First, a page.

DOPE: DOmain Protection Enforcement with PKS
The number of Linux kernel vulnerabilities discovered has increased drastically over the past years. In the kernel, even simple memory safety vulnerabilities can have devastating consequences, e.g., compromising the entire system. Efforts to mitigate memory safety vulnerabilities have so far focused mainly on control-flow hijacking attacks in the kernel. Data-oriented attacks are still largely unmitigated in practice as existing mitigations are limited in providing robust security guarantees at reasonable performance overhead for multiple sensitive data objects.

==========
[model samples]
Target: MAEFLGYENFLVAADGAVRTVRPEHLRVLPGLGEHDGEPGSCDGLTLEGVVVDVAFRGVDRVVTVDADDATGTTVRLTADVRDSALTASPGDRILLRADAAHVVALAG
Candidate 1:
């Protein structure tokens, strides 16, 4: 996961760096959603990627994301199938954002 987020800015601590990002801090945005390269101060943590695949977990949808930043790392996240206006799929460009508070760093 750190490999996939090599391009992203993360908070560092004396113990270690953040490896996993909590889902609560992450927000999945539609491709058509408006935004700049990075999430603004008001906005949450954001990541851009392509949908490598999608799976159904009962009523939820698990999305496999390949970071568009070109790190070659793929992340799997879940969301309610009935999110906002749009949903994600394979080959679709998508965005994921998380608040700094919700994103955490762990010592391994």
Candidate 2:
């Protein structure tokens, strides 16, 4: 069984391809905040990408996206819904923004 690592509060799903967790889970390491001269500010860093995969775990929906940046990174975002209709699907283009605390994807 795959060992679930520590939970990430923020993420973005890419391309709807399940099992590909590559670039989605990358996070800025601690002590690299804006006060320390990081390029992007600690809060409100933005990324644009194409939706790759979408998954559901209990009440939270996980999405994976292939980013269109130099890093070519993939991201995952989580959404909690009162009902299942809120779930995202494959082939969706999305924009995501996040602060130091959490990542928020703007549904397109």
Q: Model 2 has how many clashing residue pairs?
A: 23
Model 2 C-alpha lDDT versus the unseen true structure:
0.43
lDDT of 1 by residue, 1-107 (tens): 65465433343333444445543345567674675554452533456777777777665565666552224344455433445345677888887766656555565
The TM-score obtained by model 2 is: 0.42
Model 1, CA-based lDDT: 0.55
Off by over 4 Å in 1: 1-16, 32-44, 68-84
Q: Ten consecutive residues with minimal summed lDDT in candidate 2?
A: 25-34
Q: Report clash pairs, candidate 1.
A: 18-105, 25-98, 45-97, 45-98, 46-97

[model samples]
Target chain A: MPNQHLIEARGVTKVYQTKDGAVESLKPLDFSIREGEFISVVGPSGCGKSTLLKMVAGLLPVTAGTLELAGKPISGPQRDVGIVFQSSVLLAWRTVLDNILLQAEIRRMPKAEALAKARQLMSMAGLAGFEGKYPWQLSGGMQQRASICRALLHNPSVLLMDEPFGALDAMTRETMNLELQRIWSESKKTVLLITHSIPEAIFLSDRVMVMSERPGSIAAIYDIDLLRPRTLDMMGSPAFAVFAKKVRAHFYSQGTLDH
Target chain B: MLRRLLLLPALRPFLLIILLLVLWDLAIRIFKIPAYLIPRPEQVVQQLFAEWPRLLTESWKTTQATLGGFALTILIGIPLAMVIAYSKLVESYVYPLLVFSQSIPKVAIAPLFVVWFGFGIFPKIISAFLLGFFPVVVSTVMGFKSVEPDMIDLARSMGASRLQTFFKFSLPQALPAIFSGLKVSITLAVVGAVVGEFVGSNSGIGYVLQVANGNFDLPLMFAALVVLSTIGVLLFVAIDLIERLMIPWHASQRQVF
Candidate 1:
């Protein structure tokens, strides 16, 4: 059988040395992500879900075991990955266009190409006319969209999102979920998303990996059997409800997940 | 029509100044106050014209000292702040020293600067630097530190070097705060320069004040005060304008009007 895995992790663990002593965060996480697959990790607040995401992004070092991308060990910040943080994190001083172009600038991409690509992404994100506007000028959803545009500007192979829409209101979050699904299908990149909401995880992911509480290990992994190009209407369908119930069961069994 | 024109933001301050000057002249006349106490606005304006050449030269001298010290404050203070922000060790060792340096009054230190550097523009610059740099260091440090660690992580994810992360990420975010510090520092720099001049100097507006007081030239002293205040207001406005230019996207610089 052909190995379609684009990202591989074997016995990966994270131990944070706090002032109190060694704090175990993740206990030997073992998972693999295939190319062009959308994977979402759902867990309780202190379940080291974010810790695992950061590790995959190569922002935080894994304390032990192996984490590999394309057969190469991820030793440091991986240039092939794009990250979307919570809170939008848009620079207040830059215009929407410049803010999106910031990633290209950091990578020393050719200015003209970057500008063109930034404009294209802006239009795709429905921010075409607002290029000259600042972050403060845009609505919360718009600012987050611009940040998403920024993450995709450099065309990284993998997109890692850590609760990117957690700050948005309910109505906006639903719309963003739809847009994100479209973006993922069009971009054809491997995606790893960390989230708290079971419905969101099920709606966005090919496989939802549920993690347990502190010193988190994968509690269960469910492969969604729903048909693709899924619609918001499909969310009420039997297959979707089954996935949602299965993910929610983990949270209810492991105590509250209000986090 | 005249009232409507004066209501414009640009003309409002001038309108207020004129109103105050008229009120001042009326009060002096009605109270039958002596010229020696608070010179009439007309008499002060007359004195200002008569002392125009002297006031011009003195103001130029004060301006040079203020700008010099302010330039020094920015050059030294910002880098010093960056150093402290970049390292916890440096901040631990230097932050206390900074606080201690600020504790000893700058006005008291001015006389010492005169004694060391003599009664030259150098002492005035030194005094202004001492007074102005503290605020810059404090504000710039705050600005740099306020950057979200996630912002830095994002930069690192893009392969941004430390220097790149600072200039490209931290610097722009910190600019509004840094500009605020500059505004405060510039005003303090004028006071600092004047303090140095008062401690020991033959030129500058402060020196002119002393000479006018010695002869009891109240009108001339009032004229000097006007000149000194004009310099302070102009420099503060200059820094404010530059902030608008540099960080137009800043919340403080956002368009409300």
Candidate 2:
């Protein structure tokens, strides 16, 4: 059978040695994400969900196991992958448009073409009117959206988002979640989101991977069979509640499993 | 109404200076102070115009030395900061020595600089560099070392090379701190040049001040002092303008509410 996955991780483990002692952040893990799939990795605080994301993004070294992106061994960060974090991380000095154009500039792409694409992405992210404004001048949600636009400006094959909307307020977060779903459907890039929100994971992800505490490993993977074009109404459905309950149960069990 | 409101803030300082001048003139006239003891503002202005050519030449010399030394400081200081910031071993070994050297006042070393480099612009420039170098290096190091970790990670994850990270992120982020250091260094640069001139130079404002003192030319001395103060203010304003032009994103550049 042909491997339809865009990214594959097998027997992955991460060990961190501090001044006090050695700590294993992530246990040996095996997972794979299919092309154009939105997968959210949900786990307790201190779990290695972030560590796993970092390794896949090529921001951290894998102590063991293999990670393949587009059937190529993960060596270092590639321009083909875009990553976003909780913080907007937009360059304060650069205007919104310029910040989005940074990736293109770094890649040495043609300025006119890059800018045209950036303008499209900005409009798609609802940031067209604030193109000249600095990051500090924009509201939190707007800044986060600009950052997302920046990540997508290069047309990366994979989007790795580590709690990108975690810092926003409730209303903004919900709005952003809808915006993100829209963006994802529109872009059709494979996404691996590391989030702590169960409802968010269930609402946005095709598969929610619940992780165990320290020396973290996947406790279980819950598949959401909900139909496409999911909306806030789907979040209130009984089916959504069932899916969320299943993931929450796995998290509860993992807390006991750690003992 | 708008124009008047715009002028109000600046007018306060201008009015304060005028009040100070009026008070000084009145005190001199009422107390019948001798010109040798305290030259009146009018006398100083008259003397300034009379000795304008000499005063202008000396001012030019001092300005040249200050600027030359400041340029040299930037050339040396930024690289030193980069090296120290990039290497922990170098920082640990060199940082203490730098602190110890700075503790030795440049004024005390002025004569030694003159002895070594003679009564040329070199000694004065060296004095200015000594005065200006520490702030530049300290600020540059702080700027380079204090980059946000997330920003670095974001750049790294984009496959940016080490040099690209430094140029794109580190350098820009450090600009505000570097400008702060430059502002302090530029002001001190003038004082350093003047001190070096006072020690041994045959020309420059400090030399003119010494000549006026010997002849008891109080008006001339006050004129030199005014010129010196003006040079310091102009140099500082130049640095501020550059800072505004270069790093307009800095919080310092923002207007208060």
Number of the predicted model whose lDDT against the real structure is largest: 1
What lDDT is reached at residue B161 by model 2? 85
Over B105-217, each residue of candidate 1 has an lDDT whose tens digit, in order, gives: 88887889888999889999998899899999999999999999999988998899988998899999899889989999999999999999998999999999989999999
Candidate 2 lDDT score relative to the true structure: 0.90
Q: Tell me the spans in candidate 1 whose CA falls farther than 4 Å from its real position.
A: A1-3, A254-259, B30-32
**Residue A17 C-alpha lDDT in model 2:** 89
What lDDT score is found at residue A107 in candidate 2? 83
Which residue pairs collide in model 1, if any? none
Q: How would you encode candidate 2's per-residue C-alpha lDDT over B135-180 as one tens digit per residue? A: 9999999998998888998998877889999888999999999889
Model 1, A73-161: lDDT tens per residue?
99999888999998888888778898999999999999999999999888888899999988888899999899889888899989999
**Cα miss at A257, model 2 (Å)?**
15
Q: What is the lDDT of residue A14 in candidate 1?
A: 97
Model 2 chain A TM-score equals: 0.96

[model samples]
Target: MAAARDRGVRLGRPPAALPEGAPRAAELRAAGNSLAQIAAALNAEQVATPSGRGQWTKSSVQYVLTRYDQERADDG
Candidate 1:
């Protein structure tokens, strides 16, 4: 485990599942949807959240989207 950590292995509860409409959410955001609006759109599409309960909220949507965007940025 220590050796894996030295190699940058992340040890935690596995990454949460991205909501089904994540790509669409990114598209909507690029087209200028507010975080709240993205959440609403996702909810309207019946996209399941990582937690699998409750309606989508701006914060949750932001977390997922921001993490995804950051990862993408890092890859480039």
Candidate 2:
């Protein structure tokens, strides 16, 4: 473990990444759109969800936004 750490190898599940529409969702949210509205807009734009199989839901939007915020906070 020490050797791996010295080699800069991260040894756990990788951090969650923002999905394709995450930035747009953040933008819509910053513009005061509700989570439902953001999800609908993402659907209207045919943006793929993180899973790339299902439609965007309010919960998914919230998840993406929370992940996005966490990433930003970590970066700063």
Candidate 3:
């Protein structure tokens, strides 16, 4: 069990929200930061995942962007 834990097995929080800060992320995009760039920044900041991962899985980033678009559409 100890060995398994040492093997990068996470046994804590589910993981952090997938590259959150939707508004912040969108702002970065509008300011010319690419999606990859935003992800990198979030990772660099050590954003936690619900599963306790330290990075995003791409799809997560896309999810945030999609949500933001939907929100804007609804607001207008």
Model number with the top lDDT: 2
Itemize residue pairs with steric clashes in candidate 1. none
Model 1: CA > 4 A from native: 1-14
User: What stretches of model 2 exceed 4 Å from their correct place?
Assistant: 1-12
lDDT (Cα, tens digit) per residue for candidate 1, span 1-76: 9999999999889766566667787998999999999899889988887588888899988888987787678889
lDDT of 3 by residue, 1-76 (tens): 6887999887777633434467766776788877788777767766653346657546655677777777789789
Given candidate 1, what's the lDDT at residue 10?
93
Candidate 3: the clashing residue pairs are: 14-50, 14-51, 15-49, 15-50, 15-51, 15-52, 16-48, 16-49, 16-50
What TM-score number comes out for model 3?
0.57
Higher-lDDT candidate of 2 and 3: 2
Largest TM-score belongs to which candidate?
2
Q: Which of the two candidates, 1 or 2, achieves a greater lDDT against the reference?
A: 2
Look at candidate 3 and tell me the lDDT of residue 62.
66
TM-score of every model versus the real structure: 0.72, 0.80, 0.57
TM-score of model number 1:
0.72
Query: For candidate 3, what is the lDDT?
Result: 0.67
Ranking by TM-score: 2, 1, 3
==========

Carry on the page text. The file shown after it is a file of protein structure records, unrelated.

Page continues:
In this paper, we present DOmain Protection Enforcement (DOPE), a novel kernel mitigation to protect against data-oriented attacks employing Intel’s new hardware feature PKS. DOPE enforces domain protection by restricting memory access to sensitive data during kernel space execution based on the principle of least privilege. Hence, in case of an exploitable kernel bug, an attacker is prevented from using sensitive data for privilege escalation. We demonstrate DOPE’s effectiveness and usefulness by implementing a proof-of-concept protecting eight selected sensitive data objects. The proof-of-concept is realized as compiler-assisted and hardware-enforced kernel mitigation. It consists of less than 5000 lines of code on the recent Linux kernel 5.19 and LLVM clang 15.0.1. We evaluate our proof-of-concept implementation on real hardware and observe a reasonable runtime overhead of 2.3 % for real-world user applications. Lastly, we systematically analyze 11 state-of-the-art kernel mitigations against data-oriented attacks and illustrate that DOPE is a significant improvement in terms of security with respect to performance.